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STORIES THAT SHAPED THE CENTURY

The Rise and Fall of Joseph McCarthy

STORIES THAT SHAPED THE CENTURY / From the Pages of the Los Angeles Times

November 07, 1999|KIT RACHLIS | TIMES STAFF WRITER

When Joseph McCarthy arrived in Los Angeles in August 1953 to hold public hearings, he was at the pinnacle of his power. The previous fall, Wisconsin voters had elected him to the U.S. Senate for a second term. His wedding, just a month away, would boast a guest list of 1,000 and include such members of the Washington elite as Vice President Richard Nixon, CIA Director Allen Dulles and Sen. John F. Kennedy.

McCarthy wasn't the only politician to come to prominence by promising to rid the country of Communist influence. After all, there was Nixon himself, plus the various chairmen of the House Committee on Un-American Activities. But in the three years since a speech in Wheeling, W. Va., in which he charged that there were 205 Communists in the State Department, McCarthy had become the center and symbol of an anti-Communist crusade that consumed the nation.

He was, it seemed, invincible. This once obscure and poorly regarded senator bullied Cabinet members and Army generals, clerks and secretaries. No matter how outrageous or flimsy, McCarthy's accusations--he declared during the 1952 election that Democratic presidential nominee Adlai Stevenson had surrounded himself with Communist sympathizers--became front page news.

The Los Angeles hearings were typical. McCarthy focused on a bookbinder in the Government Printing Office named Edward Rothschild. McCarthy compared Rothschild to Alger Hiss and suggested that nuclear secrets were at stake. This, it turned out, was impossible, because the Atomic Energy Commission did not use the printing office. If Rothschild was a member of the Communist Party, it was never proved. At the hearings, Rothschild cited the 5th Amendment and refused to answer questions. He subsequently lost his job. And McCarthy dropped the issue of security breaches at the printing office as quickly as he had seized it.

Behind the scenes, there were signs that McCarthy was overreaching. A longtime heavy drinker, he was now an alcoholic, consuming more than a quart of liquor a day. The drinking fueled his recklessness (his staff especially worried about what he would say after lunch). Because he was no longer attacking the Truman administration's security lapses but Eisenhower's, he was beginning to alienate many of his own allies. This would be his undoing. An increasing number of moderate Republicans were appalled by McCarthy's crudity; he was giving anti-Communism a bad name. He was becoming an embarrassment.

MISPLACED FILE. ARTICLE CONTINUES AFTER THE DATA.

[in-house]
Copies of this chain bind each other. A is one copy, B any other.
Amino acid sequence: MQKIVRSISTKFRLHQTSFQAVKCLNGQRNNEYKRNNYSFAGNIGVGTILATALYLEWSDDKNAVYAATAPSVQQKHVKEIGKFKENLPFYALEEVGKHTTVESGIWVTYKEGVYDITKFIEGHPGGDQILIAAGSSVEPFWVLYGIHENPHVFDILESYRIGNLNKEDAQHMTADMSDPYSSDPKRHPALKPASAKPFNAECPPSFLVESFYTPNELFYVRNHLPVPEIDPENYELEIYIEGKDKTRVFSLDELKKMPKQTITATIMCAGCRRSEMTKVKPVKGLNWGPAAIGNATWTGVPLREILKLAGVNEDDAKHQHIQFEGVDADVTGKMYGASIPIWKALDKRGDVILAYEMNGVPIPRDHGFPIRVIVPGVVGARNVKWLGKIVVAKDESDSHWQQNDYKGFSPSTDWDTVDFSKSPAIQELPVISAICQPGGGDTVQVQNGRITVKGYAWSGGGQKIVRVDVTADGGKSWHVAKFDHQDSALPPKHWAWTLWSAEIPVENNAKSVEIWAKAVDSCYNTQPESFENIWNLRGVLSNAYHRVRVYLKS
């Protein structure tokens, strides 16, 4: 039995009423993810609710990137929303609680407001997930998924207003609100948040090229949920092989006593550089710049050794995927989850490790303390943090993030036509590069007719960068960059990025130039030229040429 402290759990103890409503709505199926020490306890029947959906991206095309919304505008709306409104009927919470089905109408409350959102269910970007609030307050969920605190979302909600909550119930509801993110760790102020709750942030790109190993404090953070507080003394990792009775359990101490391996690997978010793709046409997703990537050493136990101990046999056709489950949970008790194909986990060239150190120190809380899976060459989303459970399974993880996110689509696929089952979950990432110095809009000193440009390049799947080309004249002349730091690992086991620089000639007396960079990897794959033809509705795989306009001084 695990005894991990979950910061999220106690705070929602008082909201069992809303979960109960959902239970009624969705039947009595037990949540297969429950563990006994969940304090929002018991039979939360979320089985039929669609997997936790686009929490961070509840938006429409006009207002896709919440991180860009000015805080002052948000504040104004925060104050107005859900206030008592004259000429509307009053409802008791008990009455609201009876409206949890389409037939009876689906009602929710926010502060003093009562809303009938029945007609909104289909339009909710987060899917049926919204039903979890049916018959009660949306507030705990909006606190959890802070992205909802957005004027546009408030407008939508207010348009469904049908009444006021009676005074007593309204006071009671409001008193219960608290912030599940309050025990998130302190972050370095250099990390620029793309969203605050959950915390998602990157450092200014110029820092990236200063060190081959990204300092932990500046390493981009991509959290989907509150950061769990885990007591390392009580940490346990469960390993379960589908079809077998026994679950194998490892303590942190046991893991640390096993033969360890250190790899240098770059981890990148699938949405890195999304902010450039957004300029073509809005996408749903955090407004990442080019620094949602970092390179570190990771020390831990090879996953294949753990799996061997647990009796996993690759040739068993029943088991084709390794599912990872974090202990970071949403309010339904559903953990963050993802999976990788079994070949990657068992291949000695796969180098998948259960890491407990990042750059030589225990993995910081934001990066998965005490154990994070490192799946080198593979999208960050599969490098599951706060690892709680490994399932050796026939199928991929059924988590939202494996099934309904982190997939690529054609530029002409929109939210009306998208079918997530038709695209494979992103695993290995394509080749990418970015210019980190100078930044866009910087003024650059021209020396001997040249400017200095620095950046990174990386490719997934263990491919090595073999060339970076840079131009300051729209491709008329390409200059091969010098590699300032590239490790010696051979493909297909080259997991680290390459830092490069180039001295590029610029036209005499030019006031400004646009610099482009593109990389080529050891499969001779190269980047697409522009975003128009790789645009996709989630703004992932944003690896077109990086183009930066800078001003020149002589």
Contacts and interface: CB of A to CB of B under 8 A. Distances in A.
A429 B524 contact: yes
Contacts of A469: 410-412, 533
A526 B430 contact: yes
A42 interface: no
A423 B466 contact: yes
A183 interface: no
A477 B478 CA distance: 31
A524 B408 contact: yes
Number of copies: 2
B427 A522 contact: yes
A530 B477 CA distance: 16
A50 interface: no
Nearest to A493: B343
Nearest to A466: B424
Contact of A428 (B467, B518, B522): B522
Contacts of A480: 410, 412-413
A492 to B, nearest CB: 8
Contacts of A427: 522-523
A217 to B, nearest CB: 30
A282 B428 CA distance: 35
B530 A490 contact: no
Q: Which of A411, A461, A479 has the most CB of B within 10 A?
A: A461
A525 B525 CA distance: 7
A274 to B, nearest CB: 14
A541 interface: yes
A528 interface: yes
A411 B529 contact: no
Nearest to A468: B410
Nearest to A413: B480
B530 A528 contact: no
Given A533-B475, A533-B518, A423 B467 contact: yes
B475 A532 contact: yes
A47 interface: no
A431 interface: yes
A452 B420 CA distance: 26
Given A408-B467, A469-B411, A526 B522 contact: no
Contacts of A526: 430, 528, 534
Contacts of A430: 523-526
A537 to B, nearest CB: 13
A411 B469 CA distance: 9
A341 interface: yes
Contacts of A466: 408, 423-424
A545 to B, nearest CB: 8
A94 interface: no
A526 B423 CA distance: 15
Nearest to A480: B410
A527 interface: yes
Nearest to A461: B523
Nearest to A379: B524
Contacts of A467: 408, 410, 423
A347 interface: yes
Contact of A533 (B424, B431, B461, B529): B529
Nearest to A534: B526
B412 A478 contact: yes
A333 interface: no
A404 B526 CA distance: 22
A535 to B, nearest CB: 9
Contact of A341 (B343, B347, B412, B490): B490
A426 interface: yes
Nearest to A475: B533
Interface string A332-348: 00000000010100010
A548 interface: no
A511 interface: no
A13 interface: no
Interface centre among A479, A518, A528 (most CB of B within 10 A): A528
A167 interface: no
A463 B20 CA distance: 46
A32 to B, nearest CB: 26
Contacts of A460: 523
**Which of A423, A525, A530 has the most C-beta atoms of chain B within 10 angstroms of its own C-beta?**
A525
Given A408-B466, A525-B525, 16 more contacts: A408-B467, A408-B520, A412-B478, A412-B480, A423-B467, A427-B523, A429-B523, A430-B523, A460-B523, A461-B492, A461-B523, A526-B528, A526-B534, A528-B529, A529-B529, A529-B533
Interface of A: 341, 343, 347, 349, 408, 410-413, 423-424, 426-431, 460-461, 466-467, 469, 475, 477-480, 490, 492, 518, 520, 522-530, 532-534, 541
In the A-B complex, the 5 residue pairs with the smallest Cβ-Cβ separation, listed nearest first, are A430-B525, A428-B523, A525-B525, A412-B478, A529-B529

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A year and a half after McCarthy had come to Los Angeles to grand fanfare, the Senate voted 67 to 22 to censure him on grounds that he had, among other things, brought "dishonor and disrepute" to the legislative body. He was stripped of his chairmanships. The White House froze him out, even denying him an invitation to a dinner-dance for the entire Senate. Without a platform, deserted by all but his most ardent defenders, McCarthy suffered the worst fate for a politician: He became a nonperson. His health deteriorated and, in 1957, he died a sad and broken figure.

But not before he had done terrible damage. As a result of the Red Scare, hundreds of lives suffered and reputations were destroyed. A contagion of fear and meanness swept the country. It infected almost every corner of society, from the film industry with its blacklist to universities with their loyalty oaths. The federal government alone "purged" more than 1,400 employees because they were "security risks"--a catchall for being left-wing or gay or just idiosyncratic.

By making no distinction between being a member of the Communist Party and being a Soviet agent, McCarthy distorted political discourse in this country for years to come. To be liberal was to be suspect; it meant having to forever prove you were not soft on Communism. It was no accident two Democratic presidents, John Kennedy and Lyndon Johnson, were most responsible for the United States' involvement in Vietnam.

History, though, always carries its own ironies, and Joseph McCarthy has more than his share. We now know, 50 years later, as historians have gained access to KGB archives, that the Soviet Union had indeed infiltrated the Roosevelt administration. The evidence against Alger Hiss and Julius Rosenberg, the most contentious of the "Red Spy" cases, is now so overwhelming that few people argue anymore for their innocence. But McCarthy, for all his claims, did not identify a single Soviet spy. And "McCarthyism" has become an enduring shorthand, in Truman's words, for "the big lie and the unfounded accusation. . . ."

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